It’s not just you. Love handles—those pockets of excess fat over the lower sides of your torso—aren’t exactly easy to, well, handle. In fact, even devoted gym-goers often struggle to shed these seemingly omnipresent pockets of fat, no matter how many workouts they do.

But fear not: Though love handles may be stubborn, they aren't invincible. Here's what you need to know about defeating this common foe.

Why you get love handles in the first place

This side fat exists because of sheer physiology—and there's not much you can do to defeat that.

“For men in particular, there are more fat cells in this region, making it a convenient depot for the body to dump excess triglycerides, the storage form of fat,” says Jeffrey M. Willardson, Ph.D., C.S.C.S., a professor of kinesiology at Eastern Illinois University.

Put another way, "fat wants to go to its house—to the fat cells—so that’s the place where you’re likely first going to put your fat,” adds Wayne L. Westcott, Ph.D., an instructor of exercise science at Quincy College in Quincy, MA.

Of course, love handles develop over time not overnight. Blame a lack of workouts, empty calories, lots of stress, and/or poor sleep, which can up cortisol and adrenaline levels, encouraging fat storage, says Willardson. And remember: “Some people, due to age or genetic predisposition, will always have a little more fat in that area regardless," Willardson says.

Why love handles are so hard to lose

The disadvantage? Once love handles appear, biology makes them tough to ditch. “You lose fat in the reverse order that you deposit it,” says Westcott. “And typically for men, the last place they lose fat would be that midsection area—the first place they put it on.”

What gives? If you think about fat storage from an evolutionary standpoint, it could be that we put fat on in our midsection first because it’s easily accessible energy your body could grab if it was fasting or faced with a shortage of food. So when you aim to lose fat, your body first removes it from arguably ‘less essential’ areas like the face, Westcott says.

Areas with the highest concentration of fat cells are also the most difficult to firm up, says Willardson. The love handles in particular are problematic because the muscles under them—your obliques—are thin, so they won’t bulk up, explains Westcott. Think of your obliques as sections of cable rather than a 6x6 piece of sheetrock—there's not a lot of muscle to stack on.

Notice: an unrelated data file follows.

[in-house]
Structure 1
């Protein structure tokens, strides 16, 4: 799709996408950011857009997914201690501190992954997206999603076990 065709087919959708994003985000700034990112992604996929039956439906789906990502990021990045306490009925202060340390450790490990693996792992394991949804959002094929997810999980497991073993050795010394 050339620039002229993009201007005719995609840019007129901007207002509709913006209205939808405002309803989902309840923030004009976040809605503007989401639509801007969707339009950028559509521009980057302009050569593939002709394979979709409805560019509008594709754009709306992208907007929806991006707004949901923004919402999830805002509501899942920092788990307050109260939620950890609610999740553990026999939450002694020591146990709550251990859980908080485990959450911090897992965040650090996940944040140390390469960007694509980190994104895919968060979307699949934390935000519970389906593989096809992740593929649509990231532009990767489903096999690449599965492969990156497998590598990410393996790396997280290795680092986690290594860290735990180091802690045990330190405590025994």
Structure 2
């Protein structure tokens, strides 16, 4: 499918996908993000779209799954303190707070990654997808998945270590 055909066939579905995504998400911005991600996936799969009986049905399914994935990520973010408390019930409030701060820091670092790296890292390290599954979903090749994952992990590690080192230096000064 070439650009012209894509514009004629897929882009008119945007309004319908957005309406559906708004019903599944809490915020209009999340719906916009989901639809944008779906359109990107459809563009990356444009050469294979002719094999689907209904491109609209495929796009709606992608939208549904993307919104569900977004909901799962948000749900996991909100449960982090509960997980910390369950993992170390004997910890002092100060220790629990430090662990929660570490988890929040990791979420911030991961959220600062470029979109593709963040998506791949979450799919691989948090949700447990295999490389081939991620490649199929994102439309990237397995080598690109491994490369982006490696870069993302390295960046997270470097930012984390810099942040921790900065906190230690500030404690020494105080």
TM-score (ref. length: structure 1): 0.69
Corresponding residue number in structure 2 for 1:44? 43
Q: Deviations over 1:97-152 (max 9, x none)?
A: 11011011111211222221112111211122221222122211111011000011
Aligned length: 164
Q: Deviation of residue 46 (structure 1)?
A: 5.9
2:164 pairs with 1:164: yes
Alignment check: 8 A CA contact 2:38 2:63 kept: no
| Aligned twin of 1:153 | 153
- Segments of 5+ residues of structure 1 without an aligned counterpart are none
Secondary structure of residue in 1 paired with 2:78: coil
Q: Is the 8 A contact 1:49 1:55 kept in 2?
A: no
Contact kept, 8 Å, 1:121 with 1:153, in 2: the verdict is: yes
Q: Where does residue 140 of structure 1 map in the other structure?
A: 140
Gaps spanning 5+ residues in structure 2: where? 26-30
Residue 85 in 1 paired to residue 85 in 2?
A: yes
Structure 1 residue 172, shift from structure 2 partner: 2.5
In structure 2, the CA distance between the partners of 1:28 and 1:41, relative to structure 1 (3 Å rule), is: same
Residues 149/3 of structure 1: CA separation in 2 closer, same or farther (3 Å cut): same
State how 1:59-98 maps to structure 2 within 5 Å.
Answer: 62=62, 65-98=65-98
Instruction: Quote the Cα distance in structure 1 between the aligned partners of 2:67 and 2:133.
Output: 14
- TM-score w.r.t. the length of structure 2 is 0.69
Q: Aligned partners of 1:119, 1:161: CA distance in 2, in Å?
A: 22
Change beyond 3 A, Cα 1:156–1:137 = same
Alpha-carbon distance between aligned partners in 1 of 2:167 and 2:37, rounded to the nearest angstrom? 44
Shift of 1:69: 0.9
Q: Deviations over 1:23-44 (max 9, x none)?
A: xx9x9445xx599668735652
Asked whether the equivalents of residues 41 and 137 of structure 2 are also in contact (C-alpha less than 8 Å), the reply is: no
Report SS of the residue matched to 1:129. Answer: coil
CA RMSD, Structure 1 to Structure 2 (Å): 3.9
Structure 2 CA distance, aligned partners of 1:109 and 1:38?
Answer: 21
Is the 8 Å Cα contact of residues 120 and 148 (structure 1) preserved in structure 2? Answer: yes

How to get rid of love handles

So what can you do? Overall, a plan of muscle-conditioning exercises, done regularly and with the right nutritional background, will improve your functional fitness, posture, and metabolic after-burn, notes Willardson. Consider total-body moves like squats, upper body pulling and pressing, or core work (planking type movements) every other day, plus high-intensity interval training on alternate days, he says.

Don’t obsess on your core, though. “You don’t necessarily lose fat in the area you train,” reminds Westcott. The majority of research suggests ‘spot reducing’—working specific body parts to lose fat there—doesn’t work. It’s worth noting, however, that specific targeted exercises—when combined with cardio, strength training, and a healthy diet—can indeed impact fat loss, he says.

His suggestion? Incorporate a few moves three times a week that target the obliques. Consider the bicycle crunch: Lie on your back, extending one leg, while bringing the opposite knee toward your chest. With your hands behind your head, touch your opposite elbow to the close knee. Twist your body and touch the other elbow to your other knee. Or make one of these 30 best abs exercises of all time part of your regular routine.